Of course, an authentication system can combine these factors. For example, the RSA SecurID login process involves not only the SecurID token but also a numeric PIN. Therefore, SecurID combines the first two factors, what you have and what you know. Obviously, a system that combines more than one factor is more secure than a system which depends on only one.
The Kerberos protocol itself does not specify which authentication factors must be used. Although most implementations use a password-based system, there are implementations, such as the one present in Microsoft's Windows 2000 and above, which allow Kerberos login tied to the use smart cards. Smart cards, which we'll cover further in Chapter 10, avoid the use of passwords as the sole factor of authentication. Therefore, they make the login process easier on users, as well as providing a more secure authentication mechanism.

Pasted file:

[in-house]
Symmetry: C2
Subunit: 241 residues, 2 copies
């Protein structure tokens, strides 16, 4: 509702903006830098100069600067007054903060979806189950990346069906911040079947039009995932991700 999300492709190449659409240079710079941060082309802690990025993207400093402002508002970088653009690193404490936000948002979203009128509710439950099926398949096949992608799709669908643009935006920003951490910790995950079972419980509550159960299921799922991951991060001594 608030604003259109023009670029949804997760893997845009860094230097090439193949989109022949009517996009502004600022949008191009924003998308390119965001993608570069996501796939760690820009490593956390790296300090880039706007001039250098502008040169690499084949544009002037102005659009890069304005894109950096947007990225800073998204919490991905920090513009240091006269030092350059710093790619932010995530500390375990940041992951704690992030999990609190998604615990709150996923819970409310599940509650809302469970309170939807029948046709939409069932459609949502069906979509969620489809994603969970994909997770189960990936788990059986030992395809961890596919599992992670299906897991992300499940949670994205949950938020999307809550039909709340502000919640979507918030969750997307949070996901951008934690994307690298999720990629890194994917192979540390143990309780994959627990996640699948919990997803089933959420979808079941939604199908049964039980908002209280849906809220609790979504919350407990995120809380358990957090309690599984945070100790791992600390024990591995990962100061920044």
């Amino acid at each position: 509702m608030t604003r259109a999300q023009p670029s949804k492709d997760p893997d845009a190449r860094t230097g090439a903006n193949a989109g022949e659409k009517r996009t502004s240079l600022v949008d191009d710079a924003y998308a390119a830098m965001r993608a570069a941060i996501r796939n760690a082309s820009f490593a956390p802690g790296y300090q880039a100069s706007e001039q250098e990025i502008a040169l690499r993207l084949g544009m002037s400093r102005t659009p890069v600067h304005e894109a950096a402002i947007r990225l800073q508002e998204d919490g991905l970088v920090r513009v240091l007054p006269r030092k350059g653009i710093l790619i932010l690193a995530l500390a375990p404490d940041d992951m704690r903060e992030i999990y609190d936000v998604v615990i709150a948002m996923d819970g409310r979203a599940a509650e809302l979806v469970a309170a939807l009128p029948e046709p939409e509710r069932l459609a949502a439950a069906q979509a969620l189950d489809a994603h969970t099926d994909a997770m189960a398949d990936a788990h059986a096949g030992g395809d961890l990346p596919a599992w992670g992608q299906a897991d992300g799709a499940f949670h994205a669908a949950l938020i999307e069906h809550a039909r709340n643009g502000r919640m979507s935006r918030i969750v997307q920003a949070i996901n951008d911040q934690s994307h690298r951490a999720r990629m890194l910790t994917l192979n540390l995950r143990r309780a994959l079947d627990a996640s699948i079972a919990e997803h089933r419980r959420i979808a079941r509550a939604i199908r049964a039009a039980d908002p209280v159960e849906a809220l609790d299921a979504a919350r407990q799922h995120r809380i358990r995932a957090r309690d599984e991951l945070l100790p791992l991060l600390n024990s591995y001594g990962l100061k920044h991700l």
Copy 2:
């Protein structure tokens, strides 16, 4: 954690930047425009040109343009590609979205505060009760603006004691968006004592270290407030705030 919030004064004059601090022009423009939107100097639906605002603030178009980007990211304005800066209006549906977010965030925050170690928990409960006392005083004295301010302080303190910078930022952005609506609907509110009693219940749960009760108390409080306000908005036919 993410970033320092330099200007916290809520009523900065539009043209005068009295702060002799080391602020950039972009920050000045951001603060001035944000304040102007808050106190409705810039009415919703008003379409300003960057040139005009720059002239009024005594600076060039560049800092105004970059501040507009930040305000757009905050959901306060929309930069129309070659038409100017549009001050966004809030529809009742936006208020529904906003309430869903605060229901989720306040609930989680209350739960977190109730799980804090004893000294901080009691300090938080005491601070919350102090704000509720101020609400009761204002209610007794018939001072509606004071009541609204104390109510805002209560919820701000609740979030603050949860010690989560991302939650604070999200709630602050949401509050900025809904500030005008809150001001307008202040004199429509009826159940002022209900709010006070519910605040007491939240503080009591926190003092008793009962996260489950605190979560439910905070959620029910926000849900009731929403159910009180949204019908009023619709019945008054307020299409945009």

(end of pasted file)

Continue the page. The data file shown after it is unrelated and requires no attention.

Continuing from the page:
Once the server receives the information from the user that proves his identity, the server determines whether that information is correct. Does the password that the user entered match the one listed in the password database? If so, then the user is authenticated. If not, then the request is denied.
Attacks against authentication systems are typically performed in a brute-force manner, where an attacker utilizes a computer that tries combination after combination until the user's password is found. Different policies can be employed during authentication to prevent an attacker from continuously trying a large list of passwords, and we'll discuss those in Chapter 6.
Authorization refers to granting or denying access to specific resources based on the requesting user's identity. This step is performed after a user is identified through authentication. Authorization is usually performed through access control lists, which associate user identities with specific rights. Authorization includes information such as a user's group membership, user policies, and other information that determines what level of access that user has to computer or network resources.